This module is designed to further develop students’ knowledge and understanding of the metabolism of nutrients in the human body. The human body and its functions will be revisited in greater depth alongside the mechanisms for the integration of metabolism, at the molecular, cellular and whole body levels for human systems. Non-nutrient components of food and drink will be examined including the effects upon health. Students will learn how to analyse diets, calculating nutrient contents of foods and diets of individuals, justifying their choice of method of dietary assessment. The consequences of an unbalanced diet will be studied and the nature of common conditions that require dietary manipulation.

Professionalism in Nutrition

This module is designed to further develop students’ professionalism for practice, including leadership, team working and resilience in practice, business and workforce planning, within the framework of the Association for Nutrition standards of conduct, performance and ethics. Students will integrate and consolidate knowledge around the use of a values-based approach to nutrition care, individualisation of nutrition care, making every contact count and the use of patient/family centred care. The aim is to increase students understanding of the importance of professionalism, and its links to patient safety - including students’ responsibilities and how to raise concerns, particularly with respect to electronic patient records and the use of remote consultations. A key factor will be enabling students to practically demonstrate skills required for safe nutrition practice. Reflective practice and critical appraisal tools will also be used to appraise scientific evidence and other sources, to develop professionalism for safe and effective nutrition practice.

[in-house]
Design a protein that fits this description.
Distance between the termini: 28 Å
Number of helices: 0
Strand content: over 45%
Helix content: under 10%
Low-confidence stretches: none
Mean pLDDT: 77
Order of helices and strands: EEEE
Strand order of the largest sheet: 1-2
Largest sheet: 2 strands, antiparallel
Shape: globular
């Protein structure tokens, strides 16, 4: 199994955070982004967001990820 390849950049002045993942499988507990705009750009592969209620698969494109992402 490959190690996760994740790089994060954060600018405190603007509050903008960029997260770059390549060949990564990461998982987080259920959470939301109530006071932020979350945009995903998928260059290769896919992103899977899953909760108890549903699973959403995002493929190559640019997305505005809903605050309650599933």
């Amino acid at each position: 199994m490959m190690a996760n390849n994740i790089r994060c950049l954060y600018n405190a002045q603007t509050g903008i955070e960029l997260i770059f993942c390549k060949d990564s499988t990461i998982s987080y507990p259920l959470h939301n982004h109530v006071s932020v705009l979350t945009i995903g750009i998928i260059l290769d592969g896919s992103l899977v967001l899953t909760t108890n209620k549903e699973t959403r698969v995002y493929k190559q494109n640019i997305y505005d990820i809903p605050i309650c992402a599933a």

Food Habits and Systems

This module is designed to further develop students’ knowledge and understanding of food sources within the UK and internationally. They should be aware of staple foods, and the main sources of key nutrients. They will also explore novel sources of food.  They will study the effect on nutritional quality of methods of food production, preparation, preservation and fortification, including food sources and methods of cooking and storage. They should understand the issues associated with food sustainability and be able to formulate ideas and opinions concerning food, nutrients, and non-nutrient components of food and nutrition effectively and appropriately for human systems. Students will consider the impact of financial, social and environmental circumstances on diet and nutritional intake, including factors of religious and cultural beliefs and practices. 

Behavioural Science

This module offers students an opportunity to further develop and apply their knowledge of psychology and gain an understanding of current theories of psychology that are relevant to eating behaviour change in groups and individuals. Specifically, this module will engage students in contemporary discussions about what matters in dietetics. This module will help students to understand difficult concepts and examine some of the fundamental questions and challenges in dietetics today. Using examples from across the globe, students will also be encouraged to reflect on their basic assumptions with regards to eating behaviour change. At the same time, an emphasis will be placed on the development of transferable academic skills and critical thinking in particular.

Research Methods